5 tips for prescription drug handling
Ohio State's own Generation Rx program offers this advice for better storage and disposal of prescription drugs.
Here’s something all of us can do to prevent misuse of opioids: Be smart about how prescription drugs are stored at home, and responsibly dispose of them when they’re no longer needed.
1. Don’t take an extra pill here and there.
Follow the instructions printed on the medication container. The prescribed dosage is designed to give you the relief you need.
2. Don’t share medications — or take someone else’s.
“Avoid tendencies to self-diagnose and self-prescribe,” advises Generation Rx, a drug-education and safety program created at Ohio State. Each person has the potential to respond to a given drug differently, so medications are not one size fits all propositions.
3. Break the habit of keeping medications in nightstands or cabinets.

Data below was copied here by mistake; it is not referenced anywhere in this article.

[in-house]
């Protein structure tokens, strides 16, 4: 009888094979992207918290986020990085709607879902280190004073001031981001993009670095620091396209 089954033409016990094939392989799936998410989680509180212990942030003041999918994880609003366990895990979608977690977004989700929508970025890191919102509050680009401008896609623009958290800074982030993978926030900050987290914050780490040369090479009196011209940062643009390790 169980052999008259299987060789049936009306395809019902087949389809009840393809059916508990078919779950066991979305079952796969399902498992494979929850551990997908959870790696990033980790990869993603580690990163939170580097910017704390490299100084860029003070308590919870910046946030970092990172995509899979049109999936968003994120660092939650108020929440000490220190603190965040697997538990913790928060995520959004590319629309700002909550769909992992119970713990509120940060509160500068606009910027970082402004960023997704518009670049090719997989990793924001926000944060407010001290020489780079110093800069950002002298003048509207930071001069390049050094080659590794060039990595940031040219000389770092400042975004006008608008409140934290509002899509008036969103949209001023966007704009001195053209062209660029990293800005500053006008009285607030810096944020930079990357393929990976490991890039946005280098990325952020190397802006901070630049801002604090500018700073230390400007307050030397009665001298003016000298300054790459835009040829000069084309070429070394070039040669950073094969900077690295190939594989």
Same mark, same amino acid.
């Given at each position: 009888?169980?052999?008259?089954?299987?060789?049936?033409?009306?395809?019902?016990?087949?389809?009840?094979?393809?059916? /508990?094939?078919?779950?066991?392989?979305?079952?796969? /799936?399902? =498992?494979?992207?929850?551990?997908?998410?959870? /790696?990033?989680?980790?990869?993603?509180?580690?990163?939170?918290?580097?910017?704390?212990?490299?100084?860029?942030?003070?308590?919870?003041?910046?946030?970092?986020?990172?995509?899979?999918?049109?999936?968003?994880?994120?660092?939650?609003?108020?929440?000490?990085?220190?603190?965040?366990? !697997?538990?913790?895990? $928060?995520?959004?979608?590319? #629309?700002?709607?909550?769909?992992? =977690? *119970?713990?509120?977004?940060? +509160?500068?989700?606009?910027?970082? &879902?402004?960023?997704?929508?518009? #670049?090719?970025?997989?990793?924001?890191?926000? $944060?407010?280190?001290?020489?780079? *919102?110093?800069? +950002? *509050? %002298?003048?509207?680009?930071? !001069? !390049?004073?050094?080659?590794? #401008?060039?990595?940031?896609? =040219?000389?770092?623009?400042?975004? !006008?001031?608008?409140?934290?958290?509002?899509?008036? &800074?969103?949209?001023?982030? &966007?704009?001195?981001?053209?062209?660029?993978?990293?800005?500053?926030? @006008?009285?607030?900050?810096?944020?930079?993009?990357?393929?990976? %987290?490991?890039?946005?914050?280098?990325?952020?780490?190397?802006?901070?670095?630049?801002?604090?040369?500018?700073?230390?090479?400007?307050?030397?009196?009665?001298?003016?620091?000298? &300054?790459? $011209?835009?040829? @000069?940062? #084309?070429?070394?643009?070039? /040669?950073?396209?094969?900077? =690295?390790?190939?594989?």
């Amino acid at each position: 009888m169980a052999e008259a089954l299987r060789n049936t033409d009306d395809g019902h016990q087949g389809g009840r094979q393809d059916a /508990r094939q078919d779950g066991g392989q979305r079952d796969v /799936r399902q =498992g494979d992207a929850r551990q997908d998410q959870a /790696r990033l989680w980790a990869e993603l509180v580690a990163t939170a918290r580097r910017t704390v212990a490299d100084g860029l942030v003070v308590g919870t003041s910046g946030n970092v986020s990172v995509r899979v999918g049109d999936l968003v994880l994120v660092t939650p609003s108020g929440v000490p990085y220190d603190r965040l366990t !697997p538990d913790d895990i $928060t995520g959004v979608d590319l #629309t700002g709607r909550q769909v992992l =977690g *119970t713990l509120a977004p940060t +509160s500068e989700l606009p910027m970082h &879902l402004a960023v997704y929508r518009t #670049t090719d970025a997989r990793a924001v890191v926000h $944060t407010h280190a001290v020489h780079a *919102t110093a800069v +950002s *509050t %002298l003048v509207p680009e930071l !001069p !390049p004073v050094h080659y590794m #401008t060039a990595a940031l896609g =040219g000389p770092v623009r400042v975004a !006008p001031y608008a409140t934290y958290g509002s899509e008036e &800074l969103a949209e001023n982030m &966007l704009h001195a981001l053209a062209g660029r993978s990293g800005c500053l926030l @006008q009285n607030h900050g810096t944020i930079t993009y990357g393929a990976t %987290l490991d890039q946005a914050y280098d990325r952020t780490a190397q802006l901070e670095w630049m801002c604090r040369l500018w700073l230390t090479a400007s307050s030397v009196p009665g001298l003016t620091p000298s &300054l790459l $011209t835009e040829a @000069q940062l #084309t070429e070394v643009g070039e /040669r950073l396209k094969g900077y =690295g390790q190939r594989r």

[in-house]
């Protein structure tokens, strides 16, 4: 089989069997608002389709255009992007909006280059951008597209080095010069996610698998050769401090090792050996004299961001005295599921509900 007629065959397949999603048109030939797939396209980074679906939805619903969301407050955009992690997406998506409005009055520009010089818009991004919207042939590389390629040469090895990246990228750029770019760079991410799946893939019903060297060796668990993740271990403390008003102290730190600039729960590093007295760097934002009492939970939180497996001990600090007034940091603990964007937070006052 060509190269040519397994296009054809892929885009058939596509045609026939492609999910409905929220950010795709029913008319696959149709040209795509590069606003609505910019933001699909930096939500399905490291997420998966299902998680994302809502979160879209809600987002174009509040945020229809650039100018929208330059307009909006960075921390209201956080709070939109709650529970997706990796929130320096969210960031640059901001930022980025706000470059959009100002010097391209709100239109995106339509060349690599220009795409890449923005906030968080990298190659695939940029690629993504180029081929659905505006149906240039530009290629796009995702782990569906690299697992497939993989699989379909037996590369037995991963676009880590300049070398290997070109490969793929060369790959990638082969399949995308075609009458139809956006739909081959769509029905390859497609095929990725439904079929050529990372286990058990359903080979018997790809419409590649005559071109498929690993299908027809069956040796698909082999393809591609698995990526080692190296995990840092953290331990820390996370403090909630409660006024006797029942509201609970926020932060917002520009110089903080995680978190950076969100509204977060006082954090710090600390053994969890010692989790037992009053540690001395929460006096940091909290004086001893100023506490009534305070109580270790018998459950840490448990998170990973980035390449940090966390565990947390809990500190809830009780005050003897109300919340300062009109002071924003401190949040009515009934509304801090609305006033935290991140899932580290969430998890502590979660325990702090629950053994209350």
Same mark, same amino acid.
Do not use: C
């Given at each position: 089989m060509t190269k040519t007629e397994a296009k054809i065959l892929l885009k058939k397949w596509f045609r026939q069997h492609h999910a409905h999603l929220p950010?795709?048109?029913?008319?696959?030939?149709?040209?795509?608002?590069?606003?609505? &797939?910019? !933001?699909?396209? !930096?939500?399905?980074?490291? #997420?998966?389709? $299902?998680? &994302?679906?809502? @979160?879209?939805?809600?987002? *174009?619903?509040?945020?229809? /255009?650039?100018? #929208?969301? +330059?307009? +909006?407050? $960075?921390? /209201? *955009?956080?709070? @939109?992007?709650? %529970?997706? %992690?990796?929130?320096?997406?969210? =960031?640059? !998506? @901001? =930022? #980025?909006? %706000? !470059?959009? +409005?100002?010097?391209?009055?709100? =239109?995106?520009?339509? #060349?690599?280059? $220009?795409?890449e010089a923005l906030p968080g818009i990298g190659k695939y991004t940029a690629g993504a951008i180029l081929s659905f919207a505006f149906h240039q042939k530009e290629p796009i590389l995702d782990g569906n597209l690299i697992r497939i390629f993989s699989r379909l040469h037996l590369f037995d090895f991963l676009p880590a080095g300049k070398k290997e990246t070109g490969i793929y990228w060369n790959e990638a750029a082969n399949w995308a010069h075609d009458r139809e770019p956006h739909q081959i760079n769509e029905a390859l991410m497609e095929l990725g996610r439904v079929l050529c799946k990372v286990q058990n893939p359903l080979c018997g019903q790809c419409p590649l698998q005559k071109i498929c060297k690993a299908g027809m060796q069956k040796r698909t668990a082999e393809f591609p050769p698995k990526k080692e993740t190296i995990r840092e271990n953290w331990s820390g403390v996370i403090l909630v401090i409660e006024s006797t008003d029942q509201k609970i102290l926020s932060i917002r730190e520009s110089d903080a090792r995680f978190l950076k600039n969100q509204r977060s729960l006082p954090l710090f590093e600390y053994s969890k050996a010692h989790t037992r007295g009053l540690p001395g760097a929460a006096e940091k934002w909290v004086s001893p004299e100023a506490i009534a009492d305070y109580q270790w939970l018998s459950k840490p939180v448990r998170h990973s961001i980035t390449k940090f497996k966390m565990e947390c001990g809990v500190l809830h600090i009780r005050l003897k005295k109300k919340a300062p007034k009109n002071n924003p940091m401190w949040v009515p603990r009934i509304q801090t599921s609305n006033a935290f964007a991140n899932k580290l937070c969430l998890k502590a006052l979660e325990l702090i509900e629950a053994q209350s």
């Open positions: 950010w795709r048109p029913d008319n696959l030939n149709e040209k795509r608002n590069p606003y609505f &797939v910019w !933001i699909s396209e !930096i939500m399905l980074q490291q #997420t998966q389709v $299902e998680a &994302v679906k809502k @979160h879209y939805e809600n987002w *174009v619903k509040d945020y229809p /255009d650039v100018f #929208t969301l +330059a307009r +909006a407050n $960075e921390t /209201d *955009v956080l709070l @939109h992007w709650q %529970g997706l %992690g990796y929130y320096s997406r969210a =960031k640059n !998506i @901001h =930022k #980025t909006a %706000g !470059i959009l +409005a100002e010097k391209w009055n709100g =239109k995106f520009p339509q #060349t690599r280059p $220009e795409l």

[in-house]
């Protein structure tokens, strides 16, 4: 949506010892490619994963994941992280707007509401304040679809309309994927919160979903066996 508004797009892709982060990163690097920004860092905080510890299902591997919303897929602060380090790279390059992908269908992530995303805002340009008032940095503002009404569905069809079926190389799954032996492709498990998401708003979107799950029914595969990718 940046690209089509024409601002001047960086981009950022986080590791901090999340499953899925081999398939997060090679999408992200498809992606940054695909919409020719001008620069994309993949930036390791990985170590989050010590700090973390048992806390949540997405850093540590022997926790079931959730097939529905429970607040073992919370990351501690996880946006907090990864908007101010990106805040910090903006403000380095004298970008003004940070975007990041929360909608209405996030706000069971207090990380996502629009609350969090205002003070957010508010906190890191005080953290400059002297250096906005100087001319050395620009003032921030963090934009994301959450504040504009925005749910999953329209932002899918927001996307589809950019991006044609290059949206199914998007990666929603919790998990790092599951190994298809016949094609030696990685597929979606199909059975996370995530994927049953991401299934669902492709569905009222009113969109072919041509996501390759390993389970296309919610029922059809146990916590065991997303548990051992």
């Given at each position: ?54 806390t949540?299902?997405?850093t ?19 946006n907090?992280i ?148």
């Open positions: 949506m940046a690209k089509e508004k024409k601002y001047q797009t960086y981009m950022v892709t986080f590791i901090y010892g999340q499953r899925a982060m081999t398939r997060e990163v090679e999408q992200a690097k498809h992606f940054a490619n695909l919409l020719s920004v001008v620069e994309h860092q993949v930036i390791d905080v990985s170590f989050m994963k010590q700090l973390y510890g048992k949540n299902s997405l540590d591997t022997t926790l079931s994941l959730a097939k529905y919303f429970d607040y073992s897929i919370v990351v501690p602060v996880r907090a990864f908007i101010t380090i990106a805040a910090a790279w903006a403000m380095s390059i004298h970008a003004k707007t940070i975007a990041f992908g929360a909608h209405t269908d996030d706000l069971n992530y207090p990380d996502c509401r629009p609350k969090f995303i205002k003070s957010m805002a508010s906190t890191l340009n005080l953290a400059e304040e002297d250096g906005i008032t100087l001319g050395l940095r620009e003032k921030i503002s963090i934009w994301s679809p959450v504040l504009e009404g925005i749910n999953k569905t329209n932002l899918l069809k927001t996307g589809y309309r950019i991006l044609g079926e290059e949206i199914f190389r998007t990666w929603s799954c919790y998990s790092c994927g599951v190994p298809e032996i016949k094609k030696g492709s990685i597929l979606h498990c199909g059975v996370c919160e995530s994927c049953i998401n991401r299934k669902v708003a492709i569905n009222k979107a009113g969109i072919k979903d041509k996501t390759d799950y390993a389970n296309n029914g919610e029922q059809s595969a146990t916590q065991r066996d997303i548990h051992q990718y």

Though this may be convenient, the practice also makes drugs easily accessible to children. Instead, store them securely in lockboxes, medication safes or inside a locked cabinet or drawer.
4. Get unwanted or unused drugs out of the house.
Find a drug drop box close to home and take drugs there. Mark your calendar for an upcoming drug take-back event. The U.S. Drug Enforcement Administration’s next National Prescription Drug Take Back Day is Saturday, April 28. (Locations are slated to be announced April 1.)
5. If you must dispose of drugs at home, follow these steps.
First, mix pills with something with an “ick” factor — kitty litter or coffee grounds, for example — in a bag that can be sealed. Toss the sealed bag in the trash along with the empty bottles, after you’ve either removed the labels or blacked out all the personal information on them.